We aimed to develop and validate Kinyarwanda versions of Short-Form Leeds Dyspepsia Questionnaire (SF-LDQ) and Short-Form Nepean Dyspepsia Index (SF-NDI) to measure the frequency and severity of dyspepsia and associated quality-of-life impact in Rwanda.
200 consecutive Kinyarwanda-speaking patients referred to endoscopy (100 patients) or medical outpatients (100 patients).
Kinyarwanda versions of the SF-LDQ and SF-NDI were developed from English versions by translation, with back translation, crosschecking and pilot testing. Study participants completed these questionnaires at enrolment (time 1), and then completed the surveys again with blinded phone interviewers 3 days later (time 2). 20 randomly selected participants, diagnosed with a peptic ulcer on index endoscopy, completed a third survey by phone at day 30 (time 3), after therapy.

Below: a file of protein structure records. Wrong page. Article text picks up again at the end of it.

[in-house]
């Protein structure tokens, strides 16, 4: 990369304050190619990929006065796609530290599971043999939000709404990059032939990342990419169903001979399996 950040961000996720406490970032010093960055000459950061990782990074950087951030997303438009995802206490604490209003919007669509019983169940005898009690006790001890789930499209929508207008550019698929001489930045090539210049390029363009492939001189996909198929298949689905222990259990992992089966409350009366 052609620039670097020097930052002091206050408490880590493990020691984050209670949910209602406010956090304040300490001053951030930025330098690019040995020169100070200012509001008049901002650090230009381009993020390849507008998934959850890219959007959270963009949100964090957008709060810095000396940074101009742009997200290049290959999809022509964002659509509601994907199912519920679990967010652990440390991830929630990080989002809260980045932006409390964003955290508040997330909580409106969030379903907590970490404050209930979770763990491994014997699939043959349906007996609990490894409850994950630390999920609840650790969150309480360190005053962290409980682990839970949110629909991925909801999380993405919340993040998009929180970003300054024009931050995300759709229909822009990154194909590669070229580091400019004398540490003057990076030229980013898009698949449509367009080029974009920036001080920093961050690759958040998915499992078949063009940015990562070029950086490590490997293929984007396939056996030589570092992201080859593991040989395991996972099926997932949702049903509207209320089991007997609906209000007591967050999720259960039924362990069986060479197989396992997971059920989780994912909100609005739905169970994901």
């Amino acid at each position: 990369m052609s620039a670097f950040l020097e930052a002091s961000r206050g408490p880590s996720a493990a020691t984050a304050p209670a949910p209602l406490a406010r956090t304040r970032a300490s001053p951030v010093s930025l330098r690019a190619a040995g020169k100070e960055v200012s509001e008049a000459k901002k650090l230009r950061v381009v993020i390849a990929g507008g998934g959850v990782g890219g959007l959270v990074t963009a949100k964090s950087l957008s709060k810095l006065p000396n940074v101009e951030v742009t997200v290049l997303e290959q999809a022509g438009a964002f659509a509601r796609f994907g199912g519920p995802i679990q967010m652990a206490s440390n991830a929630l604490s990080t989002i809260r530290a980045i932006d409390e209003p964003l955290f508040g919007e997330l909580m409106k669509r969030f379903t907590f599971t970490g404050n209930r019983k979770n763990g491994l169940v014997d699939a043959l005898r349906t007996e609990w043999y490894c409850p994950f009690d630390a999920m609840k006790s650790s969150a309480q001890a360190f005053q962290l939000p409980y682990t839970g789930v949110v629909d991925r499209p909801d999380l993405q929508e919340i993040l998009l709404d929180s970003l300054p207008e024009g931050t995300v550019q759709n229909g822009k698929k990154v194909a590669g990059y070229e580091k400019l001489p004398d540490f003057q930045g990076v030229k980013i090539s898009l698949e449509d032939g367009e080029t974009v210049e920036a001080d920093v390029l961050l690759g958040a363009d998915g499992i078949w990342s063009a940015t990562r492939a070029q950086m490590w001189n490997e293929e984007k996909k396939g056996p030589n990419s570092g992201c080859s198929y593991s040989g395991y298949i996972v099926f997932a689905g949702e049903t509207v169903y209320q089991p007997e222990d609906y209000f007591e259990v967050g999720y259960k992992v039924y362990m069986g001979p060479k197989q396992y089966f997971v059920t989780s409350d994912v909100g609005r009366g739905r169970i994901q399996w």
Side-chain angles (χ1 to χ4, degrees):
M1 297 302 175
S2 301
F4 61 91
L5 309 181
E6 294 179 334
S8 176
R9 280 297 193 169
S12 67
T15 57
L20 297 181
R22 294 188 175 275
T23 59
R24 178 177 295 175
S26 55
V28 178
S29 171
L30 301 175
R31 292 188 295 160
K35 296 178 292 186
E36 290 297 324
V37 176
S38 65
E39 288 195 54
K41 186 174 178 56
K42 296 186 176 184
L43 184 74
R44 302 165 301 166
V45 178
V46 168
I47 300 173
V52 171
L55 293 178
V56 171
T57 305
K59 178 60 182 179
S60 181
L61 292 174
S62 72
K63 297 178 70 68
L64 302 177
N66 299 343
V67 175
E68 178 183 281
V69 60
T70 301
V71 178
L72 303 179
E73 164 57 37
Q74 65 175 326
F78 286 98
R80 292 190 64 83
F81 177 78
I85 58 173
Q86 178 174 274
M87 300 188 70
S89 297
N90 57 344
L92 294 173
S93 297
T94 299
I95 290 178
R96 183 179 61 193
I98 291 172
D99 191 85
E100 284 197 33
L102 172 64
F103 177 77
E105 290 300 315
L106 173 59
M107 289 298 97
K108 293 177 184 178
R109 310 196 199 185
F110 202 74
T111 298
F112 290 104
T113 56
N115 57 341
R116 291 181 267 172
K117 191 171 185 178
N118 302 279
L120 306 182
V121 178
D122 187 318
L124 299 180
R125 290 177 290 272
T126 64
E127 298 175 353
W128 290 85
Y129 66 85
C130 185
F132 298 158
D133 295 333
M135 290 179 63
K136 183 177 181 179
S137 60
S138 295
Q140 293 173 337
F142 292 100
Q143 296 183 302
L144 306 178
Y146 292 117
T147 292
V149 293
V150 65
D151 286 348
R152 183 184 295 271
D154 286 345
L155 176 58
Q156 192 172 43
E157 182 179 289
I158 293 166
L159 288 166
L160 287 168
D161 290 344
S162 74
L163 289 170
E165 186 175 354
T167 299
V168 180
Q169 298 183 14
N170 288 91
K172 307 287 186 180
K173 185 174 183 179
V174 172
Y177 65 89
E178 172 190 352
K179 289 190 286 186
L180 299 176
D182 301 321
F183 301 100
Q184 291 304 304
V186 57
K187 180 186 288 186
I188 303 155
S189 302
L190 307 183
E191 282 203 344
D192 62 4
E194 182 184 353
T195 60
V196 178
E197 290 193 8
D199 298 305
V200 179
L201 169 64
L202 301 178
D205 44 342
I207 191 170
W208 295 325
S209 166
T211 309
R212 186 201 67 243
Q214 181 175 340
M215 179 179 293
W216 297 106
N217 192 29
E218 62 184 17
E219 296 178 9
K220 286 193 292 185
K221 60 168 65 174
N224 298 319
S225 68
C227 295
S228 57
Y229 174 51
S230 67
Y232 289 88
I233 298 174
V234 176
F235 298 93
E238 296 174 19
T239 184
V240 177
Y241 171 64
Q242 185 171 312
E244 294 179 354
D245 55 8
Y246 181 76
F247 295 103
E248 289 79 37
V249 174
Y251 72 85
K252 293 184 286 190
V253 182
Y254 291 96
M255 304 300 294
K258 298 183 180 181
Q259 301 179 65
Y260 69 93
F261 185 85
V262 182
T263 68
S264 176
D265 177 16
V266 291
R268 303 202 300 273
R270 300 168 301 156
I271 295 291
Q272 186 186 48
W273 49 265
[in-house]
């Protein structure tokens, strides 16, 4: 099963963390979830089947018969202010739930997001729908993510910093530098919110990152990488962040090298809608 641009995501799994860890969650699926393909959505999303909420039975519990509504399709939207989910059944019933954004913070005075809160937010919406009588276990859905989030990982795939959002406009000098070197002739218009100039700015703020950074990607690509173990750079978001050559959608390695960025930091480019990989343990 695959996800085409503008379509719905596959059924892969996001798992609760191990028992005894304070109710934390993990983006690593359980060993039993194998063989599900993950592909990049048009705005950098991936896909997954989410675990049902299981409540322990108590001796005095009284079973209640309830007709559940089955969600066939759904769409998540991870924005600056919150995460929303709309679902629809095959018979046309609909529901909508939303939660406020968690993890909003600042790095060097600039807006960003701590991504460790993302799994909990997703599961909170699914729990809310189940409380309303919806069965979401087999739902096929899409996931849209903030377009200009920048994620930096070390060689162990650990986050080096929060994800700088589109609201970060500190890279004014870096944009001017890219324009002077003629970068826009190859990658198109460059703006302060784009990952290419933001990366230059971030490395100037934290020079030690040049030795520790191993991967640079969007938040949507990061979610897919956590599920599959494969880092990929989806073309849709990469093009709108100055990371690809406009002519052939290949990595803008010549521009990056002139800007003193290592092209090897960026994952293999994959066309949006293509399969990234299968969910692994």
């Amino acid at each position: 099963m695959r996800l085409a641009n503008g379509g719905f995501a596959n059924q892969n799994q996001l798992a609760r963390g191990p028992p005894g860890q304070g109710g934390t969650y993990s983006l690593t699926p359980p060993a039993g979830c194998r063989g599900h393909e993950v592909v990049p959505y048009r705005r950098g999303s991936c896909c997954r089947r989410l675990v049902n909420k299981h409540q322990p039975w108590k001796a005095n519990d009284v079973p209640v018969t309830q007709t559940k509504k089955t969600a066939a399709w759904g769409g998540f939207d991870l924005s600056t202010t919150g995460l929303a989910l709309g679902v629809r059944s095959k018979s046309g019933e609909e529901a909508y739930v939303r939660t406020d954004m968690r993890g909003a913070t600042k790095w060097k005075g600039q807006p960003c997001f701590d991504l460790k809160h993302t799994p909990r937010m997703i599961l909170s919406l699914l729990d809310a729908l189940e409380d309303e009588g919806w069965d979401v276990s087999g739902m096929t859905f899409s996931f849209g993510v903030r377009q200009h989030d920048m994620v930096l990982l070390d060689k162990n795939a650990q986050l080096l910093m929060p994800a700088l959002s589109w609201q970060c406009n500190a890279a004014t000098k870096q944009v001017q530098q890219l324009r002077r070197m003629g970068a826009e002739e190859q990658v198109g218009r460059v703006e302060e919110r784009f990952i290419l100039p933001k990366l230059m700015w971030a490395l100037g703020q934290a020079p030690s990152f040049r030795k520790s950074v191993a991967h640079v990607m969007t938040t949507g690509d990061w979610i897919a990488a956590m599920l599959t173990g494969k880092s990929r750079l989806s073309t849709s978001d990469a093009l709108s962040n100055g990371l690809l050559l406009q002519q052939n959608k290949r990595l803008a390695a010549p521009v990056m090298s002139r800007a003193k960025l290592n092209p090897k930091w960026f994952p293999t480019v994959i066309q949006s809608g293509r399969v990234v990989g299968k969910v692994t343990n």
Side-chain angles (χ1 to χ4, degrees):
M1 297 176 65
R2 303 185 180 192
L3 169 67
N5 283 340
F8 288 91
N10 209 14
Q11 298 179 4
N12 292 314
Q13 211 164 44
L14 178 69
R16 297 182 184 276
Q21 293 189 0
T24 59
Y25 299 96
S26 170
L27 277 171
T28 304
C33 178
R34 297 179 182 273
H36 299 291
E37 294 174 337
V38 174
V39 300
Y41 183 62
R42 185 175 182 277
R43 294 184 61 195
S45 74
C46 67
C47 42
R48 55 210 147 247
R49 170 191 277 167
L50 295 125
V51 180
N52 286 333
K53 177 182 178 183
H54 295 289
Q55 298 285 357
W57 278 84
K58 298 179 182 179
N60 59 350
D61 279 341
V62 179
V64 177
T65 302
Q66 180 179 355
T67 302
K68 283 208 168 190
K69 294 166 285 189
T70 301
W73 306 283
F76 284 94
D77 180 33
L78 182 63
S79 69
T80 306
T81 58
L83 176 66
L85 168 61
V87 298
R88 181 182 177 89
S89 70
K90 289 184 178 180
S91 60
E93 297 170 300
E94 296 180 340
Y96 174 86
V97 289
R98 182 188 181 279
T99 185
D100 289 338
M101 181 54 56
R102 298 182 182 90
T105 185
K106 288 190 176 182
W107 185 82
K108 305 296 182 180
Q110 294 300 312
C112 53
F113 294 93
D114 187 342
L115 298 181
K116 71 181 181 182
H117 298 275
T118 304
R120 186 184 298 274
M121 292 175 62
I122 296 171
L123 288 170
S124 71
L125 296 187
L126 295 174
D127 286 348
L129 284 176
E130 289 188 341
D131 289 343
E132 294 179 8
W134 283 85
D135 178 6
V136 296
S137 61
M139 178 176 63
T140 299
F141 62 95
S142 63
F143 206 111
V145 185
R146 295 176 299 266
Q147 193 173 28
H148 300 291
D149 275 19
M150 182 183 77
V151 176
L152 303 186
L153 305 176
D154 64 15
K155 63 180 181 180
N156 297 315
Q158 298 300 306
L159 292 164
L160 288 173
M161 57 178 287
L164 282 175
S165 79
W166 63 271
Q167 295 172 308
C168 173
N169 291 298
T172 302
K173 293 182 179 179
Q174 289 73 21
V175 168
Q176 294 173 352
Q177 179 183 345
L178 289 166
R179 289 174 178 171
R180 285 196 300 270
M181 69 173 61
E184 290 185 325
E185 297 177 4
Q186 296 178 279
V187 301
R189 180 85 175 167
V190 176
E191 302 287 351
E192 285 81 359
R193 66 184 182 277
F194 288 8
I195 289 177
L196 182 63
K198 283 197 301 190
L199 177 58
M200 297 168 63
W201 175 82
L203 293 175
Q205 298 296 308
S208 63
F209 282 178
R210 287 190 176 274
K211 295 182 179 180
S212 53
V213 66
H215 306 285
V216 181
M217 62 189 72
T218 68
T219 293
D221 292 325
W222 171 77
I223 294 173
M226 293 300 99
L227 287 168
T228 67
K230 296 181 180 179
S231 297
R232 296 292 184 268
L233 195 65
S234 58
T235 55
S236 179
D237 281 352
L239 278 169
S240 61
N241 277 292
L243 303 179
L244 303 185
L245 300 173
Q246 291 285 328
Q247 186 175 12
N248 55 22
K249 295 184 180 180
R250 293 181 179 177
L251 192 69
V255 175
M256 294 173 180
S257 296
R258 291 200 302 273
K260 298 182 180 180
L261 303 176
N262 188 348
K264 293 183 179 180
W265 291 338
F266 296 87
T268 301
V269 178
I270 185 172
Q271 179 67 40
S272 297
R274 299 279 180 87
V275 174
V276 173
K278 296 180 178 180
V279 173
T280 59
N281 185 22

Internal consistency at time 1 (by Cronbach's α) and test–retest reliability between time 1 and time 2 (Spearman's correlation coefficient) for translated SF-LDQ and SF-NDI; validity versus clinical diagnosis (by receiver operating characteristic (ROC) curve) and responsiveness to treatment for SF-LDQ (by change in mean score). All outcomes were measured as per protocol.
Cronbach's α of the translated SF-LDQ was 0.93, showing high internal consistency. Spearman's correlation coefficient comparing time 1 and time 2 was 0.978 (p<0.001), demonstrating high reliability. Cronbach's α for the translated SF-NDI was 0.92. A cut-off score of 16 on the SF-LDQ showed a sensitivity of 97% and a specificity of 71% for the diagnosis of dyspepsia, correctly classifying 89% of patients. In the responsiveness analysis, the mean SF-LDQ score was reduced from 20.1 prior to treatment to 13.9 after 30 days of treatment (p=0.003).